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Training through races

Terrigal Trotters getting ready to head for the Avoca Steps
Tomorrow is the Woodford to Glenbrook 25km trail race in the Blue Mountains, west of Sydney, and I'm travelling down with a busload of Terrigal Trotter clubmates.  The event was originally scheduled for late June, but was postponed because heavy rain had led to the National Park, through which the event runs, being closed.  I'm not in shape to take the race seriously, but not having run it before, I decided to keep my place in the bus and in the event.

Rounding Avoca Lagoon
That meant a decision had to be made about whether I should do all of this morning's 13.5km Avoca Steps run with Trotters, or have an easy day and rest up for tomorrow.  In days gone by, when I was training for a big event some months in the future, I rarely let myself ease up for an interim race unless it happened to coincide with a scheduled easier week's training.  Over time, experience showed me that whether I eased up or not, didn't seem to affect the quality of performances.  If you eased up, you felt physically and mentally fresher, but by the middle of the race it seldom made much difference.  I'm not saying you should train hard the day before.  In any training schedule, even when there is a heavy load, there should be easier/recovery days between the quality days.  I would just schedule that easier day before the day of the race.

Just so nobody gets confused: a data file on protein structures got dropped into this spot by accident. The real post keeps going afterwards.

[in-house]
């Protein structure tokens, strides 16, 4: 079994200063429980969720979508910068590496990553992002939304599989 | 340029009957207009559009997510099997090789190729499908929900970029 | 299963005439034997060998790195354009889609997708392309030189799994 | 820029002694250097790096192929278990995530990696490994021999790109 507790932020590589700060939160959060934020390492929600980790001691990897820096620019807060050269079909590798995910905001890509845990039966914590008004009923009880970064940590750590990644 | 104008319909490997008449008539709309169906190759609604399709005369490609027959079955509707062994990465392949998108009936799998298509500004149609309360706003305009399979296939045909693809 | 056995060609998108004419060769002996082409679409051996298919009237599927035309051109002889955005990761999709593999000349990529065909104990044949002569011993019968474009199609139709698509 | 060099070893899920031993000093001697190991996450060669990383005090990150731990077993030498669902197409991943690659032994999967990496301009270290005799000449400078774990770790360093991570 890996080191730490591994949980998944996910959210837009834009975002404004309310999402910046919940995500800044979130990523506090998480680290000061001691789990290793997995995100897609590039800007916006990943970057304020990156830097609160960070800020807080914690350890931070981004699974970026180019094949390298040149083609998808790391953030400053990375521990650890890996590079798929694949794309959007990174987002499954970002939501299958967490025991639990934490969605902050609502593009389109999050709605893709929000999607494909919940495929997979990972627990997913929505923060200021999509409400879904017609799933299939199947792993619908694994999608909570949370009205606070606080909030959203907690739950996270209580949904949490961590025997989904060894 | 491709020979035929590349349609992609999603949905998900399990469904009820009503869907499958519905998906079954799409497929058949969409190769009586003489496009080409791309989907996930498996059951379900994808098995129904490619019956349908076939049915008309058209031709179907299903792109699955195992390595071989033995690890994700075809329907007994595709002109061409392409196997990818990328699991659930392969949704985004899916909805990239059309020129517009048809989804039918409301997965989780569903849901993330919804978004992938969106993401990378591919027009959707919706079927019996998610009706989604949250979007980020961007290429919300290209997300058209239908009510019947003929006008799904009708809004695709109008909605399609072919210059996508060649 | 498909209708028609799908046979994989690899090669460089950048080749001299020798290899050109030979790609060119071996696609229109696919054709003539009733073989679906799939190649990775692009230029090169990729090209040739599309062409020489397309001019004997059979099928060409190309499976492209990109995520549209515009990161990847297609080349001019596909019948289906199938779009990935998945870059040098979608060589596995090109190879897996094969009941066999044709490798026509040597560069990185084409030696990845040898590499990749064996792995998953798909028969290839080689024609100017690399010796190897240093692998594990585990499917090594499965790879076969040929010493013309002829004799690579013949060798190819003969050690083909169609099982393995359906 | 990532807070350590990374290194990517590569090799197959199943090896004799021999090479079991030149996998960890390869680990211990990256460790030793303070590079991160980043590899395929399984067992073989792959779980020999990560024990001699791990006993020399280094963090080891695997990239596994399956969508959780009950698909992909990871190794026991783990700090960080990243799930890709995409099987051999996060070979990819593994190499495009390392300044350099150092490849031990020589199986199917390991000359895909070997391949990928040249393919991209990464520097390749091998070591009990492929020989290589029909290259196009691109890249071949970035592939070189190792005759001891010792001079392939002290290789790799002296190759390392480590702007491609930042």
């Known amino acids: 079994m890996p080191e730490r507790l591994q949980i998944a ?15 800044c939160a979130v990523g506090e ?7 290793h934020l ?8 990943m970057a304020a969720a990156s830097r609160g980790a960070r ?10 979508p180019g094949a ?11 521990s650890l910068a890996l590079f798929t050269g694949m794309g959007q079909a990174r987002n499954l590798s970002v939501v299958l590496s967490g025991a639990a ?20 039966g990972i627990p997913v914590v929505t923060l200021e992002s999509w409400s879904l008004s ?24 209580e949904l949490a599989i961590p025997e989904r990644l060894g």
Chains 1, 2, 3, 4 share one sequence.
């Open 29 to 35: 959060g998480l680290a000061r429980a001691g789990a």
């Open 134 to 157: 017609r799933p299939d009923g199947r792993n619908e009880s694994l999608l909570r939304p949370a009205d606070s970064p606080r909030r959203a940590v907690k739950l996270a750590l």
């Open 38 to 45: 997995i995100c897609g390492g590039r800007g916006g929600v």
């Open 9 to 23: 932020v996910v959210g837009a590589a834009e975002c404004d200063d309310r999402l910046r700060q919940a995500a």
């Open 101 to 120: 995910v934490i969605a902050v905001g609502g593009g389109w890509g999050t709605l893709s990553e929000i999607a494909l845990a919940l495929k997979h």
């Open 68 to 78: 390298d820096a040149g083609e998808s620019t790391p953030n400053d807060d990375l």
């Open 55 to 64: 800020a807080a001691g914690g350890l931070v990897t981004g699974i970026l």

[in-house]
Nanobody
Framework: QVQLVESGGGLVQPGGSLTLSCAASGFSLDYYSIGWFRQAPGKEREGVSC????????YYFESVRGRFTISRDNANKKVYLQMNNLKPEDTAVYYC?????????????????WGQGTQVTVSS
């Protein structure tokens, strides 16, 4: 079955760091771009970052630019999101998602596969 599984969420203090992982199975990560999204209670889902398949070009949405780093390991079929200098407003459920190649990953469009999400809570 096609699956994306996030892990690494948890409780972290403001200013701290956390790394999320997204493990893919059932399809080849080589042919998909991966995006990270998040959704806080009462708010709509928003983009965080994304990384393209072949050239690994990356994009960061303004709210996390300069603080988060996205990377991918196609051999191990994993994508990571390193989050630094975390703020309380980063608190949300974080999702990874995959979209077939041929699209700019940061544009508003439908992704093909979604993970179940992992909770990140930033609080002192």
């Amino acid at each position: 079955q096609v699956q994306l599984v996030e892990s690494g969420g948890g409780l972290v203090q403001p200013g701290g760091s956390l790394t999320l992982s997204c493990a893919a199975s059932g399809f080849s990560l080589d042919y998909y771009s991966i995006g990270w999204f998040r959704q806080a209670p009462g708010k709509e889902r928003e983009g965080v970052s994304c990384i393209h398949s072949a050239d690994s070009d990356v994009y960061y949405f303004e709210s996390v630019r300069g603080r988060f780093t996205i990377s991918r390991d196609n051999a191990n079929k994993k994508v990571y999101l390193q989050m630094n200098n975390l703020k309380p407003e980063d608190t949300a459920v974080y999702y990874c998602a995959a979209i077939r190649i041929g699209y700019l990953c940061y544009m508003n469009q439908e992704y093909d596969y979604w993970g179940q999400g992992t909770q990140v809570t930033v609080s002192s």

Near the top of the Avoca Steps
After mulling over my options, I decided that shortening today's run so I felt better for tomorrow's run was not consistent with my need to maintain some training intensity.  Instead, I decided to run the full distance, but take it easy and avoid getting competitive.  To deal with the bronchial trouble, I took two puffs of Ventolin about half an hour before the run.  Maybe this was the reason that climbing the first steep hill out of Terrigal, my heart felt like it was racing and I struggled to get any rhythm.  I plodded up the hill, hoping things would get better, but they never did.  Although my heart rate settled down, my legs felt leaden, perhaps the result of standing around at an art exhibition for three hours last night, or maybe connected to the earlier Ventolin-induced exertions.

The Avoca Steps were very hard work, as was the last hill up Tramway, and I finished the run near the back of the field, very tired and somewhat demoralised.  My painful right Achilles had restricted my stride, and my right arch was still a little sore, so they may also have been factors.  I just have to remember that, although not stellar by any means, I ran better on Wednesday and last Saturday, so this morning's run should not be seen as representative of my current fitness.

I'll give the Ventolin a miss for tomorrow's run, start slowly, and hope I can redeem myself a bit.